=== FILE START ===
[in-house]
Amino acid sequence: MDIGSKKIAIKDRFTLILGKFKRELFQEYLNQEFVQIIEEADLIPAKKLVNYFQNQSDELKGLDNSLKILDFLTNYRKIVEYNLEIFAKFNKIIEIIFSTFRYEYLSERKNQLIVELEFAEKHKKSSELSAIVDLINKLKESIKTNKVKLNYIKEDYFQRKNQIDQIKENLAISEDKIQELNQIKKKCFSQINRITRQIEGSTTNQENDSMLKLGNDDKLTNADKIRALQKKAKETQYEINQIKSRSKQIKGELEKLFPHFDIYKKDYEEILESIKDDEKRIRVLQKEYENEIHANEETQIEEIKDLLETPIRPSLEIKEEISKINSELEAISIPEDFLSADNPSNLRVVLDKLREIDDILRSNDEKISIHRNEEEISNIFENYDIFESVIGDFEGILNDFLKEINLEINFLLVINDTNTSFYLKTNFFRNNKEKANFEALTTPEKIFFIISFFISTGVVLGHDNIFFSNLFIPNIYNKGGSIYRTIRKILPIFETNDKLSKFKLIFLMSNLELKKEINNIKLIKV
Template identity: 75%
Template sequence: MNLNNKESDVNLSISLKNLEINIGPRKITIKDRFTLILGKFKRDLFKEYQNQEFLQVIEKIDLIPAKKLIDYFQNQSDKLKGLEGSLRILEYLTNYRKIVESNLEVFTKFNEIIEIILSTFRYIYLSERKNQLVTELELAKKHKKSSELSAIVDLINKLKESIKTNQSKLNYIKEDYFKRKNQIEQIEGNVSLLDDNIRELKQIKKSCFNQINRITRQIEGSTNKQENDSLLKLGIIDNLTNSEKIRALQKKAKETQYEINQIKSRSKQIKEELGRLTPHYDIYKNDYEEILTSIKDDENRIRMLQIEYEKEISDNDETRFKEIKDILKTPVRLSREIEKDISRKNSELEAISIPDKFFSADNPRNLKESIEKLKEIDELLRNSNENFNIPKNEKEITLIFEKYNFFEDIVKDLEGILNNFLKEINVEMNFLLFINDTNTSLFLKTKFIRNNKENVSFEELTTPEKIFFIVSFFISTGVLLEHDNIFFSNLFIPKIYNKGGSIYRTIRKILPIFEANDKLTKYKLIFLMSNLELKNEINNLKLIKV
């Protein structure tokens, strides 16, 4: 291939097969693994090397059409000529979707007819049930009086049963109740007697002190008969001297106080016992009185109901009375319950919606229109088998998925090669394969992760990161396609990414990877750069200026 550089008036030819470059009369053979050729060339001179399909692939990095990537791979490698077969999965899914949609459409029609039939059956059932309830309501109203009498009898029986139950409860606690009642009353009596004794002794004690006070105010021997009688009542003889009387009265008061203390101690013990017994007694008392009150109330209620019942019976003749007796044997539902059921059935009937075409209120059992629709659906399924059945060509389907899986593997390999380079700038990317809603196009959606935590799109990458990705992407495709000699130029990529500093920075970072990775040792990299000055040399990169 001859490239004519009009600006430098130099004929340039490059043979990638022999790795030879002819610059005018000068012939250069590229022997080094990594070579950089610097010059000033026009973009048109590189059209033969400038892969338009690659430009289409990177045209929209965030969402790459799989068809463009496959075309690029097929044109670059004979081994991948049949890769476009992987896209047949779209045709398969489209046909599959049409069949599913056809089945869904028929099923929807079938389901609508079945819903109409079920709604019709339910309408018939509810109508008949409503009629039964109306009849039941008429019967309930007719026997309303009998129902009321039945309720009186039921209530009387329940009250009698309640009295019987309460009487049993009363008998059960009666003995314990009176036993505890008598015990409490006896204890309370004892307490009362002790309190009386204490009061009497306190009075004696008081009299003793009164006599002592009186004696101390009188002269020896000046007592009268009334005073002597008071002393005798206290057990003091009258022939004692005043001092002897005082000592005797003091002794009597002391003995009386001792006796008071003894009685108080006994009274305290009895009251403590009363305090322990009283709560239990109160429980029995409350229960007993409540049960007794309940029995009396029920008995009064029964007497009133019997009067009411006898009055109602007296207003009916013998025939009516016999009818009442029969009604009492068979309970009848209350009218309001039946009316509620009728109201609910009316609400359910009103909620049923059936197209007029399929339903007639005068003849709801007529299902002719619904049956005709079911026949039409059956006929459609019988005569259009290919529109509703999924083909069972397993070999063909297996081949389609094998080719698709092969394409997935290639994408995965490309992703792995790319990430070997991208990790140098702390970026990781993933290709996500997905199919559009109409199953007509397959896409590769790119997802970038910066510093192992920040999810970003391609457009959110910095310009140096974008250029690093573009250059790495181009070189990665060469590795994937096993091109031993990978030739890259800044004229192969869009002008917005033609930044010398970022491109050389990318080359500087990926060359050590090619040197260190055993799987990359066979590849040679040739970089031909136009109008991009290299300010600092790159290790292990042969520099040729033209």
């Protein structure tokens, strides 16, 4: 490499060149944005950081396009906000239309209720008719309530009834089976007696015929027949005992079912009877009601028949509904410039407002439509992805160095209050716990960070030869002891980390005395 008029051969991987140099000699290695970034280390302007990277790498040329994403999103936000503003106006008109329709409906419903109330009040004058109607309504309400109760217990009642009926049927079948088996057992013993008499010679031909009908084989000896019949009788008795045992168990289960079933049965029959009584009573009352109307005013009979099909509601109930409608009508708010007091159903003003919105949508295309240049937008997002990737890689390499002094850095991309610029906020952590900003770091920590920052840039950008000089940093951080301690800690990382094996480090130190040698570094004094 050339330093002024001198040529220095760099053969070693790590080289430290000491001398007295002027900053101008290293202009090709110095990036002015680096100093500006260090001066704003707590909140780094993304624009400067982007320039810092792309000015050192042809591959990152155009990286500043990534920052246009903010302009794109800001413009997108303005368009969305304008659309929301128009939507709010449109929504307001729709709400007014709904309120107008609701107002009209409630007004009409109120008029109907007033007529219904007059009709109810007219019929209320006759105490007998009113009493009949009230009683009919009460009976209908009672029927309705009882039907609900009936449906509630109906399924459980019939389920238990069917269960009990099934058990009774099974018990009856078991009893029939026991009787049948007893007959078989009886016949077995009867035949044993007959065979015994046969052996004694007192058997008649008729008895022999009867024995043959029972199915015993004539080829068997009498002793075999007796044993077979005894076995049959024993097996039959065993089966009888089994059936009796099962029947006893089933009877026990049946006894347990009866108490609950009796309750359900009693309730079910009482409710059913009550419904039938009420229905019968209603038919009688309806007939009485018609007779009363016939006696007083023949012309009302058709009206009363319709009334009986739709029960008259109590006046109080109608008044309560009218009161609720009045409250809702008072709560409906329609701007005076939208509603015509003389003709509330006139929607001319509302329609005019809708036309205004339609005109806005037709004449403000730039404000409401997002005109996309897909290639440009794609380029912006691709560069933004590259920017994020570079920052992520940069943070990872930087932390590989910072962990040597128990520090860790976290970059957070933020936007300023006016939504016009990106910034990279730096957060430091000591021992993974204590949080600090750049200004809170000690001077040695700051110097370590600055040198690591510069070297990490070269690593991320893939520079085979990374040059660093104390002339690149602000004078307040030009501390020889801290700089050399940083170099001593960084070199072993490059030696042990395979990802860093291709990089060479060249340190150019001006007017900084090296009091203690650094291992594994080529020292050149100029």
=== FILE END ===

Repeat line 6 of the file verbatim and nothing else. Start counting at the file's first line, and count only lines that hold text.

């Protein structure tokens, strides 16, 4: 490499060149944005950081396009906000239309209720008719309530009834089976007696015929027949005992079912009877009601028949509904410039407002439509992805160095209050716990960070030869002891980390005395 008029051969991987140099000699290695970034280390302007990277790498040329994403999103936000503003106006008109329709409906419903109330009040004058109607309504309400109760217990009642009926049927079948088996057992013993008499010679031909009908084989000896019949009788008795045992168990289960079933049965029959009584009573009352109307005013009979099909509601109930409608009508708010007091159903003003919105949508295309240049937008997002990737890689390499002094850095991309610029906020952590900003770091920590920052840039950008000089940093951080301690800690990382094996480090130190040698570094004094 050339330093002024001198040529220095760099053969070693790590080289430290000491001398007295002027900053101008290293202009090709110095990036002015680096100093500006260090001066704003707590909140780094993304624009400067982007320039810092792309000015050192042809591959990152155009990286500043990534920052246009903010302009794109800001413009997108303005368009969305304008659309929301128009939507709010449109929504307001729709709400007014709904309120107008609701107002009209409630007004009409109120008029109907007033007529219904007059009709109810007219019929209320006759105490007998009113009493009949009230009683009919009460009976209908009672029927309705009882039907609900009936449906509630109906399924459980019939389920238990069917269960009990099934058990009774099974018990009856078991009893029939026991009787049948007893007959078989009886016949077995009867035949044993007959065979015994046969052996004694007192058997008649008729008895022999009867024995043959029972199915015993004539080829068997009498002793075999007796044993077979005894076995049959024993097996039959065993089966009888089994059936009796099962029947006893089933009877026990049946006894347990009866108490609950009796309750359900009693309730079910009482409710059913009550419904039938009420229905019968209603038919009688309806007939009485018609007779009363016939006696007083023949012309009302058709009206009363319709009334009986739709029960008259109590006046109080109608008044309560009218009161609720009045409250809702008072709560409906329609701007005076939208509603015509003389003709509330006139929607001319509302329609005019809708036309205004339609005109806005037709004449403000730039404000409401997002005109996309897909290639440009794609380029912006691709560069933004590259920017994020570079920052992520940069943070990872930087932390590989910072962990040597128990520090860790976290970059957070933020936007300023006016939504016009990106910034990279730096957060430091000591021992993974204590949080600090750049200004809170000690001077040695700051110097370590600055040198690591510069070297990490070269690593991320893939520079085979990374040059660093104390002339690149602000004078307040030009501390020889801290700089050399940083170099001593960084070199072993490059030696042990395979990802860093291709990089060479060249340190150019001006007017900084090296009091203690650094291992594994080529020292050149100029």